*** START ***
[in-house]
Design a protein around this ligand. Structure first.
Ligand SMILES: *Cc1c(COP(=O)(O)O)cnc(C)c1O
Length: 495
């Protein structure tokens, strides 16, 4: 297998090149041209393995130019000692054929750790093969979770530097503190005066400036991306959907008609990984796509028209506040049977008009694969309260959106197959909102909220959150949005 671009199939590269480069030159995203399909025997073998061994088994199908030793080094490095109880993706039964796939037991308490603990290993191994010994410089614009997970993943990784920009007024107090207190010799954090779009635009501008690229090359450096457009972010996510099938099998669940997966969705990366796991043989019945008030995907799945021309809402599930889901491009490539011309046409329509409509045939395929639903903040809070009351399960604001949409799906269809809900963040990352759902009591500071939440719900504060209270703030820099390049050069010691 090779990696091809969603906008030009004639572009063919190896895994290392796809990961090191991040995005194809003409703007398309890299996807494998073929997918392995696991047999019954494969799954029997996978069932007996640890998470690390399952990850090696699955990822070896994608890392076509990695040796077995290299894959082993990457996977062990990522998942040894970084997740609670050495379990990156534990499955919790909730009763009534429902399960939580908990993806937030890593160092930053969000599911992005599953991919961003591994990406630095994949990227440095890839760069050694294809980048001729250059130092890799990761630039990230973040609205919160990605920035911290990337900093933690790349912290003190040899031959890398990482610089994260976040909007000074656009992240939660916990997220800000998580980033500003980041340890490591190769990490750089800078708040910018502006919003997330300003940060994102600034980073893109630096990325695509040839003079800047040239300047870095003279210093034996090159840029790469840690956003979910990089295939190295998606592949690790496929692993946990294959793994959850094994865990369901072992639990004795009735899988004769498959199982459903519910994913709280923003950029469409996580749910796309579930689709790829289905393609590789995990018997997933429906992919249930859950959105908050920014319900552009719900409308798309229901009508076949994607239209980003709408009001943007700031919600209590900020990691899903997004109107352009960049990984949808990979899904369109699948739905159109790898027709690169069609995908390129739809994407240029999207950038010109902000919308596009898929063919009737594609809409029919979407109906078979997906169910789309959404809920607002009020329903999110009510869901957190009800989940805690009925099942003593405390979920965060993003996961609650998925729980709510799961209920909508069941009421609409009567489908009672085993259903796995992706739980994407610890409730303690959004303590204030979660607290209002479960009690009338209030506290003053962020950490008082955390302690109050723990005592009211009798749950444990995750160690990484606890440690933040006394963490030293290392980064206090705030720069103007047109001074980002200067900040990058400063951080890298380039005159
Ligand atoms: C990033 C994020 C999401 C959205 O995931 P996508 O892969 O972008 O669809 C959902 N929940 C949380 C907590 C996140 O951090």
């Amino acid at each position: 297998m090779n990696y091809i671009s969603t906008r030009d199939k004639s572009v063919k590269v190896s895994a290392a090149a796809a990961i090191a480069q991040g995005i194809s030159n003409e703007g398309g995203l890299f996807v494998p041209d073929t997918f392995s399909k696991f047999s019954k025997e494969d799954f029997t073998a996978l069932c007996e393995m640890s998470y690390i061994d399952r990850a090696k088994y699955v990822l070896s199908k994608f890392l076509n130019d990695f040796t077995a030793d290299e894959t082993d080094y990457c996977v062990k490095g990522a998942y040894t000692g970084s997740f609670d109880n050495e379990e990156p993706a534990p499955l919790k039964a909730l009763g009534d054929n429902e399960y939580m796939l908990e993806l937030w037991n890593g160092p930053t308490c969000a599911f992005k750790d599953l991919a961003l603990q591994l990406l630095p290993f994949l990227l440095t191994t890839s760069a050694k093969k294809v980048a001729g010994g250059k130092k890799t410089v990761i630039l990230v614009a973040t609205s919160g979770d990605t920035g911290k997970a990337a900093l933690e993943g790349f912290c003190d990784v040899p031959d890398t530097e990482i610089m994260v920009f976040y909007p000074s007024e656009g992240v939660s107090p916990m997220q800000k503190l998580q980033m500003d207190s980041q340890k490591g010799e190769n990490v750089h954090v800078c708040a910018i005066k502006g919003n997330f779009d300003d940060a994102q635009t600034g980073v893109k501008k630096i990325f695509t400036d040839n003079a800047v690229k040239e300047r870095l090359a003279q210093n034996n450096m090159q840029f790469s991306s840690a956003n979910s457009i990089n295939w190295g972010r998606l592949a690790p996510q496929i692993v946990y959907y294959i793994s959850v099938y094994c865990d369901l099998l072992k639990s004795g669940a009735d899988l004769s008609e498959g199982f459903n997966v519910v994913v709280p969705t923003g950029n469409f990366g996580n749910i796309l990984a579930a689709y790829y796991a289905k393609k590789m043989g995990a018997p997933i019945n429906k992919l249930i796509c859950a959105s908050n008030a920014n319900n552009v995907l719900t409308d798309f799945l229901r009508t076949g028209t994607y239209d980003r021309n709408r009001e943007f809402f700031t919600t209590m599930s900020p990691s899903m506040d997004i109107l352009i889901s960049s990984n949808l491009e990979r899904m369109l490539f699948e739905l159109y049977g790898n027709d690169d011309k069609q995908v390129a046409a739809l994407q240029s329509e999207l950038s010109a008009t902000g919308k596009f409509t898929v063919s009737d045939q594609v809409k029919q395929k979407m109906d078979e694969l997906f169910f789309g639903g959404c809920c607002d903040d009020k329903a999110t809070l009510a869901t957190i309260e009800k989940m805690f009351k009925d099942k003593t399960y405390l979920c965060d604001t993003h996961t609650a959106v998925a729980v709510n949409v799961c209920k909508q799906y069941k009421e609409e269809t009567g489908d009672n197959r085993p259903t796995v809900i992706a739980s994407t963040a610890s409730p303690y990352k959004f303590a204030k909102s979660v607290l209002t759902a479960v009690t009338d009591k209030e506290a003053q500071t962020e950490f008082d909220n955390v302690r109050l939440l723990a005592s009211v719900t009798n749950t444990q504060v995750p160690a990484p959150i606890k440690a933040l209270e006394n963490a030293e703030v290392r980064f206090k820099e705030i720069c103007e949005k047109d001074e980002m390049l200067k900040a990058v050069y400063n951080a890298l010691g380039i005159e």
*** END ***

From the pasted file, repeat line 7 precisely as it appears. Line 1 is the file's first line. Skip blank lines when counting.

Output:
């Amino acid at each position: 297998m090779n990696y091809i671009s969603t906008r030009d199939k004639s572009v063919k590269v190896s895994a290392a090149a796809a990961i090191a480069q991040g995005i194809s030159n003409e703007g398309g995203l890299f996807v494998p041209d073929t997918f392995s399909k696991f047999s019954k025997e494969d799954f029997t073998a996978l069932c007996e393995m640890s998470y690390i061994d399952r990850a090696k088994y699955v990822l070896s199908k994608f890392l076509n130019d990695f040796t077995a030793d290299e894959t082993d080094y990457c996977v062990k490095g990522a998942y040894t000692g970084s997740f609670d109880n050495e379990e990156p993706a534990p499955l919790k039964a909730l009763g009534d054929n429902e399960y939580m796939l908990e993806l937030w037991n890593g160092p930053t308490c969000a599911f992005k750790d599953l991919a961003l603990q591994l990406l630095p290993f994949l990227l440095t191994t890839s760069a050694k093969k294809v980048a001729g010994g250059k130092k890799t410089v990761i630039l990230v614009a973040t609205s919160g979770d990605t920035g911290k997970a990337a900093l933690e993943g790349f912290c003190d990784v040899p031959d890398t530097e990482i610089m994260v920009f976040y909007p000074s007024e656009g992240v939660s107090p916990m997220q800000k503190l998580q980033m500003d207190s980041q340890k490591g010799e190769n990490v750089h954090v800078c708040a910018i005066k502006g919003n997330f779009d300003d940060a994102q635009t600034g980073v893109k501008k630096i990325f695509t400036d040839n003079a800047v690229k040239e300047r870095l090359a003279q210093n034996n450096m090159q840029f790469s991306s840690a956003n979910s457009i990089n295939w190295g972010r998606l592949a690790p996510q496929i692993v946990y959907y294959i793994s959850v099938y094994c865990d369901l099998l072992k639990s004795g669940a009735d899988l004769s008609e498959g199982f459903n997966v519910v994913v709280p969705t923003g950029n469409f990366g996580n749910i796309l990984a579930a689709y790829y796991a289905k393609k590789m043989g995990a018997p997933i019945n429906k992919l249930i796509c859950a959105s908050n008030a920014n319900n552009v995907l719900t409308d798309f799945l229901r009508t076949g028209t994607y239209d980003r021309n709408r009001e943007f809402f700031t919600t209590m599930s900020p990691s899903m506040d997004i109107l352009i889901s960049s990984n949808l491009e990979r899904m369109l490539f699948e739905l159109y049977g790898n027709d690169d011309k069609q995908v390129a046409a739809l994407q240029s329509e999207l950038s010109a008009t902000g919308k596009f409509t898929v063919s009737d045939q594609v809409k029919q395929k979407m109906d078979e694969l997906f169910f789309g639903g959404c809920c607002d903040d009020k329903a999110t809070l009510a869901t957190i309260e009800k989940m805690f009351k009925d099942k003593t399960y405390l979920c965060d604001t993003h996961t609650a959106v998925a729980v709510n949409v799961c209920k909508q799906y069941k009421e609409e269809t009567g489908d009672n197959r085993p259903t796995v809900i992706a739980s994407t963040a610890s409730p303690y990352k959004f303590a204030k909102s979660v607290l209002t759902a479960v009690t009338d009591k209030e506290a003053q500071t962020e950490f008082d909220n955390v302690r109050l939440l723990a005592s009211v719900t009798n749950t444990q504060v995750p160690a990484p959150i606890k440690a933040l209270e006394n963490a030293e703030v290392r980064f206090k820099e705030i720069c103007e949005k047109d001074e980002m390049l200067k900040a990058v050069y400063n951080a890298l010691g380039i005159e």